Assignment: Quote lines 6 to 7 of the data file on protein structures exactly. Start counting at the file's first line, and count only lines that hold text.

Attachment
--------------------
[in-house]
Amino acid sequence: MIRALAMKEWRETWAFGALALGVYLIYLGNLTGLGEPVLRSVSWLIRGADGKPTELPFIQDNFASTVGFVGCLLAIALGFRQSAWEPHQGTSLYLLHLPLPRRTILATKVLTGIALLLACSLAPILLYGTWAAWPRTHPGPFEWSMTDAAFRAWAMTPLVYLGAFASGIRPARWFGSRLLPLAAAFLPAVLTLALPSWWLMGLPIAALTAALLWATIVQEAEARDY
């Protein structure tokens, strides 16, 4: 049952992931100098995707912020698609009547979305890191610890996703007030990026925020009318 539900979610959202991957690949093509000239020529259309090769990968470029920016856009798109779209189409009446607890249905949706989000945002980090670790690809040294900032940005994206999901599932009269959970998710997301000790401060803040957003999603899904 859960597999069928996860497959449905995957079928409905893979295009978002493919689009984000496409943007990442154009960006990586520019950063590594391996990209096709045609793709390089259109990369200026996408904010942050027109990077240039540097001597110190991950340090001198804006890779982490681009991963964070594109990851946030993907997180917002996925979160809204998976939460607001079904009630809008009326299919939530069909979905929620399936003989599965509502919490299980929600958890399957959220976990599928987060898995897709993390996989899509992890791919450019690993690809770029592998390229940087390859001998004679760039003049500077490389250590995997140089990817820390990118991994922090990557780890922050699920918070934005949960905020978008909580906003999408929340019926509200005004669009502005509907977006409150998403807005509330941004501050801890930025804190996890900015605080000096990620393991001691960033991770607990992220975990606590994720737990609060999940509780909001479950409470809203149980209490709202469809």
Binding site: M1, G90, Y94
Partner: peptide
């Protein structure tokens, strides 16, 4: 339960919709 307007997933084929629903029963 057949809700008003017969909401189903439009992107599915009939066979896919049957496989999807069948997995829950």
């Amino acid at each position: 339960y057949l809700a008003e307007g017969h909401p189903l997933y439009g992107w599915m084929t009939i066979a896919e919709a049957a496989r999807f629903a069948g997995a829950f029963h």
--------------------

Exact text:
């Protein structure tokens, strides 16, 4: 339960919709 307007997933084929629903029963 057949809700008003017969909401189903439009992107599915009939066979896919049957496989999807069948997995829950």
């Amino acid at each position: 339960y057949l809700a008003e307007g017969h909401p189903l997933y439009g992107w599915m084929t009939i066979a896919e919709a049957a496989r999807f629903a069948g997995a829950f029963h």